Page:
Like my rheumatoid arthritis, anxiety and bouts of depression are an illness, occasionally a debilitating one. Even if I seem okay, I still take medication to keep the worst effects at bay. I recognise the symptoms, know the triggers that can make it worse. I know I may be preaching to the choir here, but I have to say it: people who are depressed can’t just ‘snap out of it’ and become ‘normal’. It takes longer than a couple of months to be ‘okay’ again (especially, in my case, it’s been so long that I didn’t know what ‘okay’ felt like, let alone ‘good’). It’s taken me months and months to reach a point where I could even write this post, and I’m still not convinced that now is the right time. I have lost friends along the way. I have also gained friends, and a sense of self-confidence I never had before. But the point is that it takes time, and for me it will take some more time yet. There is still the winter ahead.

I almost didn’t publish this post. I’m feeling better, but I don’t want to jinx it. This post is not at all saying that I’ve ‘made it’, that I’m fully well. Instead, this is a reflection of the past year, an update on the journey. And so this post is to say, more or less, ‘Here I raise my Ebenezer; hither by Thy help I’ve come’. Now, onward and upward…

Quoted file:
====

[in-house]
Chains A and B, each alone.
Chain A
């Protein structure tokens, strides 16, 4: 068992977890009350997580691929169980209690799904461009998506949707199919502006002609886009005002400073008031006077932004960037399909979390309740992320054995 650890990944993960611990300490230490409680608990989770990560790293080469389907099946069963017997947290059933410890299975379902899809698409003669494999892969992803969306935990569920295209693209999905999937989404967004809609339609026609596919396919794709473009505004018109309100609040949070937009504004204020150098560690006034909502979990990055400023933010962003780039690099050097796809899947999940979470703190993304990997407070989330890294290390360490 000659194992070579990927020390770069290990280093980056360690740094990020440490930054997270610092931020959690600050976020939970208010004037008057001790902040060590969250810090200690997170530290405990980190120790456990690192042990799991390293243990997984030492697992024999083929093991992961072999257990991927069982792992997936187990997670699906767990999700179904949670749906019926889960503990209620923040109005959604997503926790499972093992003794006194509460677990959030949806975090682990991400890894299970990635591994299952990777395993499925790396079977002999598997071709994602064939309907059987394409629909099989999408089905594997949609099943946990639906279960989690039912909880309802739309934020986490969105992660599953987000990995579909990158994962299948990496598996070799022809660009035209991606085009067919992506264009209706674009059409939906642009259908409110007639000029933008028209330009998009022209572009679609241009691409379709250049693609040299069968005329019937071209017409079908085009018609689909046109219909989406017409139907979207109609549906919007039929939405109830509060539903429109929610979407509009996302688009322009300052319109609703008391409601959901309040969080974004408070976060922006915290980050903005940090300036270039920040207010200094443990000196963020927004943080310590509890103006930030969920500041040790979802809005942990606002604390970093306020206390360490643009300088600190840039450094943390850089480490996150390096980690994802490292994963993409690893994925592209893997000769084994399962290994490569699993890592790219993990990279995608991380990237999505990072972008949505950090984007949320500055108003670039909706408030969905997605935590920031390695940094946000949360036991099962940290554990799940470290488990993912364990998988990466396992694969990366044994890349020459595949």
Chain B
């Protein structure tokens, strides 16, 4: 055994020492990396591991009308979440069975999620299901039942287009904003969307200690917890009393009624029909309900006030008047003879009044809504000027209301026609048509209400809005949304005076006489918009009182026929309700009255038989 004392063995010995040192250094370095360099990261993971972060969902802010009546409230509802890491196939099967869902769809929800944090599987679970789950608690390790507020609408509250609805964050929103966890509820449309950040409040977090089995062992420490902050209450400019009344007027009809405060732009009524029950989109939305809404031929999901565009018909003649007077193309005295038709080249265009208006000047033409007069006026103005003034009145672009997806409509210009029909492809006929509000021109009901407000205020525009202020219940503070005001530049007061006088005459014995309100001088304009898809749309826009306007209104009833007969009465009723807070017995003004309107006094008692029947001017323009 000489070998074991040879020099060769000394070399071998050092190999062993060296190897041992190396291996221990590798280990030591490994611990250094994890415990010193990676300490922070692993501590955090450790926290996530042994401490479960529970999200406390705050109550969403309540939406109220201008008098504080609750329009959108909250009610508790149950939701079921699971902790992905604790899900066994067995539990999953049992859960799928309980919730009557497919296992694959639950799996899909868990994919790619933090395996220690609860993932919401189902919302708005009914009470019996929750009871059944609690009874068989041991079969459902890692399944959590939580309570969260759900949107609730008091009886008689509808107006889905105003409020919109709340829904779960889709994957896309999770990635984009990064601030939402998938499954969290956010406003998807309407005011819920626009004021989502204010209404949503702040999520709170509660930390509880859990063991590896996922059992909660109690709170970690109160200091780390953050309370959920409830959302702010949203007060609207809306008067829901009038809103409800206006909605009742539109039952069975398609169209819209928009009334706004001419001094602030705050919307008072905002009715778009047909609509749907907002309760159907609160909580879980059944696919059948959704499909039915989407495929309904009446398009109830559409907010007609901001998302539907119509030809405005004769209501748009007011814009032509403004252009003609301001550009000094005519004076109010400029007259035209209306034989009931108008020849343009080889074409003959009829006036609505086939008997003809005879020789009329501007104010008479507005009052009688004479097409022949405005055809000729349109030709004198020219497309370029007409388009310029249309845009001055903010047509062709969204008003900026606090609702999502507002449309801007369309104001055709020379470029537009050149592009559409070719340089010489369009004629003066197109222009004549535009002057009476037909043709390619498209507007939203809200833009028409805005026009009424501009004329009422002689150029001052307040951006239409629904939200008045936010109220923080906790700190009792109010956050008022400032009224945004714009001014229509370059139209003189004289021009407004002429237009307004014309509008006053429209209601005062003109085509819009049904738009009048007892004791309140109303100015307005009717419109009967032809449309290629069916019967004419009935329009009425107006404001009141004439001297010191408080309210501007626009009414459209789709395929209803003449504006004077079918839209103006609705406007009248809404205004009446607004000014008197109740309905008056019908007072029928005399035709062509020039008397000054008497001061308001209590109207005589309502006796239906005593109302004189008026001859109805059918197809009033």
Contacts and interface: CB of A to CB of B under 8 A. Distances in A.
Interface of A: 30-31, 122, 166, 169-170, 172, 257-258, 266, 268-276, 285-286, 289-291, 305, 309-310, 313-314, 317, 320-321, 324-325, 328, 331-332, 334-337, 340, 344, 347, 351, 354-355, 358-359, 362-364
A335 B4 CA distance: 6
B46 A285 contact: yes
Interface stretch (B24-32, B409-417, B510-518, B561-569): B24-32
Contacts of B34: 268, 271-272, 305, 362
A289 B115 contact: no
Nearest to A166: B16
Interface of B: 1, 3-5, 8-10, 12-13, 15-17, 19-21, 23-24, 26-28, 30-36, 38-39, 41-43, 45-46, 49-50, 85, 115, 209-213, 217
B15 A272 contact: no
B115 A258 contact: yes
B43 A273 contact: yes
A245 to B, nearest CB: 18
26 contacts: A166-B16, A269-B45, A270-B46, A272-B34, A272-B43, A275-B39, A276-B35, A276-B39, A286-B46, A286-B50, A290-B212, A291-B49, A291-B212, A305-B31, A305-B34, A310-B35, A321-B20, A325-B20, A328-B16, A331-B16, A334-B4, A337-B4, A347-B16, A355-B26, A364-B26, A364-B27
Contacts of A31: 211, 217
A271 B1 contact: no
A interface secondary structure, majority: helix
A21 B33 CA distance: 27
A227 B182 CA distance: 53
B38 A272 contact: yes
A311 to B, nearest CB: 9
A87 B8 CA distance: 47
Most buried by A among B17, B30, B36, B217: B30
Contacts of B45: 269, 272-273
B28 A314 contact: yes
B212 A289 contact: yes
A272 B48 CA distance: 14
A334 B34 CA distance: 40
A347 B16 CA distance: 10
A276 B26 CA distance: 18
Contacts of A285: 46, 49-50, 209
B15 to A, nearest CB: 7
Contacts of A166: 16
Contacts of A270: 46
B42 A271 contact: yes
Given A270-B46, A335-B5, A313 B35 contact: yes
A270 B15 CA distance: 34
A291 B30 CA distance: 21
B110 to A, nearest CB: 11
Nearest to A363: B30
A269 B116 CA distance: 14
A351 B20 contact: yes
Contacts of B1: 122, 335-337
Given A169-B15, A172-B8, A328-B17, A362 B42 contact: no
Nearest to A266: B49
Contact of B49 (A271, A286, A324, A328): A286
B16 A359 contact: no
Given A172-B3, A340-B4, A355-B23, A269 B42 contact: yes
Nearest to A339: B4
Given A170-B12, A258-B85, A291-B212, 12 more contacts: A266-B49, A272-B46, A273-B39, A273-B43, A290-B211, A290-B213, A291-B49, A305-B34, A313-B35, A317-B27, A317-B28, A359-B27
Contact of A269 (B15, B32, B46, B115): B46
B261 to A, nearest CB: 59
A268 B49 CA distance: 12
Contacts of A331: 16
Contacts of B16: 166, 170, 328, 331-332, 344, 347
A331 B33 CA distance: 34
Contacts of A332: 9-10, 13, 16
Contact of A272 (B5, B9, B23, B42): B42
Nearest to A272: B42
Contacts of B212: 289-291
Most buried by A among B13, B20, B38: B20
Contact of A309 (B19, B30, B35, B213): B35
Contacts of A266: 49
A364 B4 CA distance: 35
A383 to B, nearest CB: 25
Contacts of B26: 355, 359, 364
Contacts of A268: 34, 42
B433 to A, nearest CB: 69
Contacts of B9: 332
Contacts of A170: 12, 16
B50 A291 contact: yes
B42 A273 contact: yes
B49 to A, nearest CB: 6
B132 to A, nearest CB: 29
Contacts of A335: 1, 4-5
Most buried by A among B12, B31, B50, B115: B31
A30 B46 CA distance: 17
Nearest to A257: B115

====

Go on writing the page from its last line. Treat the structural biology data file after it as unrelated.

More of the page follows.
Our Garden, Part 10

Right now, my Victory Garden is mostly taking care of itself. The pumpkins are spreading their vines as far as they can across the garden and I’m hoping the small fruits that are forming will be big and orange and ready for Halloween. The sweetcorn is valiantly growing in Scottish weather, and even a few cobs are forming, sticking out their creamy tassels to flutter in the wind. I’m disappointed that on the whole the sunflowers haven’t been as successful as I hoped, but I did get one good, beautiful sunflower. When I look at this sunflower, my heart is glad.

And then there are the courgettes. Lots of them.

That’s only the bag from today’s harvest. I’ve given bags of courgettes away to friends, colleagues, and even my supervisor. Ros and I have been putting courgettes into whatever we cook for dinner, and we’re still not going through them fast enough.

Just a few things I have made with courgettes:

As well as, you know, tossing courgettes into whatever other concoction I might be making, be it pasta, rosemary chicken with tomato sauce, chicken coconut curry, Scotch broth, or my own spicy red lentil soup. On the list of things to do with our cornucopia of courgettes is to make quiche, chutneys, and blanch some to freeze.